United Airlines has apologised for mistakenly shipping an American family’s pet dog thousands of miles in the wrong direction to Japan.
Dog owner Kara Swindle’s beloved 10-year-old German Shepherd named Irgo took an unexpected 16-hour plus flight to Tokyo on 13 March following a mix-up by the airline.
The Swindle family, who are currently in the process of moving from Salem, Oregon, were meant to be reunited with the pet in their new home city of Wichita, Kansas.
But when they arrived at the United Airlines cargo facility in the Midwestern US state they found a stranger’s Great Dane puppy waiting in Irgo’s place.
Both of the dogs had been sent to the wrong destinations on connecting flights from Denver, Colorado, with Irgo mistakenly being sent to the Pacific Ocean island nation instead of the Great Dane.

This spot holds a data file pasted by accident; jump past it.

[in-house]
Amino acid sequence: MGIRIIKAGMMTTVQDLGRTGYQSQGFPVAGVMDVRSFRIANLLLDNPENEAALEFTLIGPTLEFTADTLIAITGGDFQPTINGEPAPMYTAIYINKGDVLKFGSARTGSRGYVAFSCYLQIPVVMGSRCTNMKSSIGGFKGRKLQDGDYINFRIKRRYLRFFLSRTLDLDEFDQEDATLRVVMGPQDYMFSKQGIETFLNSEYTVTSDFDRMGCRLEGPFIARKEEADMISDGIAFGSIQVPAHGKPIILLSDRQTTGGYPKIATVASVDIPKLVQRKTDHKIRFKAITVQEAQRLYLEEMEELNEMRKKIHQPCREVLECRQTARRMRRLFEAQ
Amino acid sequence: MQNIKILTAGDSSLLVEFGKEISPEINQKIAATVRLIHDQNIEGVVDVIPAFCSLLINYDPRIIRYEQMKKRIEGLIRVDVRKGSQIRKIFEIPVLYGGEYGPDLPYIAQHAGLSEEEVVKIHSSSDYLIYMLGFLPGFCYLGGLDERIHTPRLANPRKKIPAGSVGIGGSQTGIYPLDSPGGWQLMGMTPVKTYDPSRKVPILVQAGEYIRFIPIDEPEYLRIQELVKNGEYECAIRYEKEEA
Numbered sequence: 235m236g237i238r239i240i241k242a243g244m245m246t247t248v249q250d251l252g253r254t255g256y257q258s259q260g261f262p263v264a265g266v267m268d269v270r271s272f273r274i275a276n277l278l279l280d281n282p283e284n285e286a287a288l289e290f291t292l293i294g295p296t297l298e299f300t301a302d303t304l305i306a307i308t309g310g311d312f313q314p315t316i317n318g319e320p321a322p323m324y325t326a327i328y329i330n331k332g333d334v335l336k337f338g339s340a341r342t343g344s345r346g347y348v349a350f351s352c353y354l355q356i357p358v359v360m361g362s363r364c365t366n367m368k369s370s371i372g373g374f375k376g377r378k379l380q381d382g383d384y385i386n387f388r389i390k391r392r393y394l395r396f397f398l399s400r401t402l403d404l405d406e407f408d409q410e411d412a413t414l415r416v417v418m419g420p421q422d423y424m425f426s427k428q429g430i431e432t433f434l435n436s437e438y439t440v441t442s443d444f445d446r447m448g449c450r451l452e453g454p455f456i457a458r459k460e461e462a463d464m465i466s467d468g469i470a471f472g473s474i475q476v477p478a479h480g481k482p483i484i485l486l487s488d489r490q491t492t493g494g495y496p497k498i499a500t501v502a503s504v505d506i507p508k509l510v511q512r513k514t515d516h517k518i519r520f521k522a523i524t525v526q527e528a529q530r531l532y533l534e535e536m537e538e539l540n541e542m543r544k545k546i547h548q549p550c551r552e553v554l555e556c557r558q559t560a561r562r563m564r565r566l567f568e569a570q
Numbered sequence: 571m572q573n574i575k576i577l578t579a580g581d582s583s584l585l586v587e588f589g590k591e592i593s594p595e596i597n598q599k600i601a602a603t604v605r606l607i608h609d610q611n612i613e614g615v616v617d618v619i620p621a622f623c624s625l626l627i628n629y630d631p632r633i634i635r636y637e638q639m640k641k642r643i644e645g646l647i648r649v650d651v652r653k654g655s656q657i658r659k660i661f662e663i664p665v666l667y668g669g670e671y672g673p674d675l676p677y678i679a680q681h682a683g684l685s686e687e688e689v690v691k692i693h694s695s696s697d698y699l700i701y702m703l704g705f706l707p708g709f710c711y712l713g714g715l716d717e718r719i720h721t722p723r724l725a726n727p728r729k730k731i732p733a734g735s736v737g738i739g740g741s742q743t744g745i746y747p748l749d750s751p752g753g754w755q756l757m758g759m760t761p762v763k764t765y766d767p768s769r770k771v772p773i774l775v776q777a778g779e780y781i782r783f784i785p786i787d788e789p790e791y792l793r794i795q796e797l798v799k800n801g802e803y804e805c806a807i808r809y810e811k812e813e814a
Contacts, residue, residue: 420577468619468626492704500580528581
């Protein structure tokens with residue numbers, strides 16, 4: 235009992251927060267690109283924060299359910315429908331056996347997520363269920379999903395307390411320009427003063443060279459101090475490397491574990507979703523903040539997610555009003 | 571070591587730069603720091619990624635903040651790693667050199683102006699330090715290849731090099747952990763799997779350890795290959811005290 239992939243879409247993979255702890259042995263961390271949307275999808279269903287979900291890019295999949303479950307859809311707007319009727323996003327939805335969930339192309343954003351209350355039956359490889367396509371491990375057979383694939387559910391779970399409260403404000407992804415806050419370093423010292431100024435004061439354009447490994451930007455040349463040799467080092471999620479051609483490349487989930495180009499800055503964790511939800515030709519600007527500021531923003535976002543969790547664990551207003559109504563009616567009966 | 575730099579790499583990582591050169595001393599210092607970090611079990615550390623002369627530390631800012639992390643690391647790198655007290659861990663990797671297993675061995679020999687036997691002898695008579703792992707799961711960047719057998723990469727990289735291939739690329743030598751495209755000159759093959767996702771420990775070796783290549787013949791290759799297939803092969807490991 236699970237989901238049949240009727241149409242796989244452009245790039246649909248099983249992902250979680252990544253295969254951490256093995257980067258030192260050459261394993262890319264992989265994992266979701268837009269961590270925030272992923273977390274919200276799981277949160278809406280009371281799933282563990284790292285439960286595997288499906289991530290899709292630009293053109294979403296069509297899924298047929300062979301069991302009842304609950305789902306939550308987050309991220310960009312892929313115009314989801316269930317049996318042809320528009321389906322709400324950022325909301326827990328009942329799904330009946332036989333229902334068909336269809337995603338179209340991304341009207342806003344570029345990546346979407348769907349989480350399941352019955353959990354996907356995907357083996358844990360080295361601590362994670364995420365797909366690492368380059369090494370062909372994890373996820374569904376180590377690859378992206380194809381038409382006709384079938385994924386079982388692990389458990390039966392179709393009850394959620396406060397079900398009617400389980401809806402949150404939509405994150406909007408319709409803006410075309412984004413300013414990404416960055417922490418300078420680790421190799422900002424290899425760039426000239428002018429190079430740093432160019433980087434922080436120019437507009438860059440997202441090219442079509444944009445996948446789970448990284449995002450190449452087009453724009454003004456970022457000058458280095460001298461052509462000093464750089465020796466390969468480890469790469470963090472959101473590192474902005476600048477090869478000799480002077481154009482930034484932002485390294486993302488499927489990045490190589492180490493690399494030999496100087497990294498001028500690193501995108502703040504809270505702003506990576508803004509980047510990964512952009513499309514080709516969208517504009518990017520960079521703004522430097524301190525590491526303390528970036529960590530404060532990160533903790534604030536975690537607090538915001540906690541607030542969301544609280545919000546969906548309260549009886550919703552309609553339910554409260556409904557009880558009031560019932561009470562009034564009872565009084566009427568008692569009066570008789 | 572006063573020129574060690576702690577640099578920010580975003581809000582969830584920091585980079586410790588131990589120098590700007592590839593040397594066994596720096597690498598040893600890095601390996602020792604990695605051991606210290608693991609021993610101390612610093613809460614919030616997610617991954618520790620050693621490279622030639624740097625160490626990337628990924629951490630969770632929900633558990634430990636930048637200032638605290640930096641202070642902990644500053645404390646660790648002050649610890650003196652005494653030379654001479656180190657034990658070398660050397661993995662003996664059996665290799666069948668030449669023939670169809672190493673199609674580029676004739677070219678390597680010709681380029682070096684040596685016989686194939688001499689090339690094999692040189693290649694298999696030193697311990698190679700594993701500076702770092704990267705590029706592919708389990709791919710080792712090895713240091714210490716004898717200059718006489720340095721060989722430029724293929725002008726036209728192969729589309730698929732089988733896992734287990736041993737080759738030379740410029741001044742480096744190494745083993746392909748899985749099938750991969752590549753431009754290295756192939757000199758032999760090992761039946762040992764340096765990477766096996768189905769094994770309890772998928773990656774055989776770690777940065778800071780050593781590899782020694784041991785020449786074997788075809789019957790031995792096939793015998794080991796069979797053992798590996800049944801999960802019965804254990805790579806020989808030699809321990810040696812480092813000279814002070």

“I don’t understand how things like this happen,” an irate Ms Swindle posted on Facebook. “I am just in complete awe. I don’t understand how you can mix things up like this.
“It’s absolutely ridiculous, he is now awaiting a 16-hour flight back to Wichita now.”
“I couldn’t believe it at all!” she continued. “Wrong kennel, wrong dog, wrong everything!!!! People weren’t doing there job at all!”
A vet gave Irgo a check over when he arrived at Tokyo’s Narita International Airport before the canine was sent back to the US on a private charter jet.
“I’m so glad he’s alive and coming home soon!” said a relieved Ms Swindle who vowed she would “never fly United again”.
The American airline, which came under fire this week over the death of a passenger’s dog placed in an overhead locker, apologised for the incident.
“An error occurred during connections in Denver and we have notified our customers that their pets arrived safely and will arrange to return the pets to them as soon as possible,” a spokesperson said.
“We apologised for this mistake and are following up with the vendor kennel where they were kept overnight to understand what happened.”
In January, an artist was turned away from boarding a United Airlines flight with her “emotional support peacock” over health and safety concerns.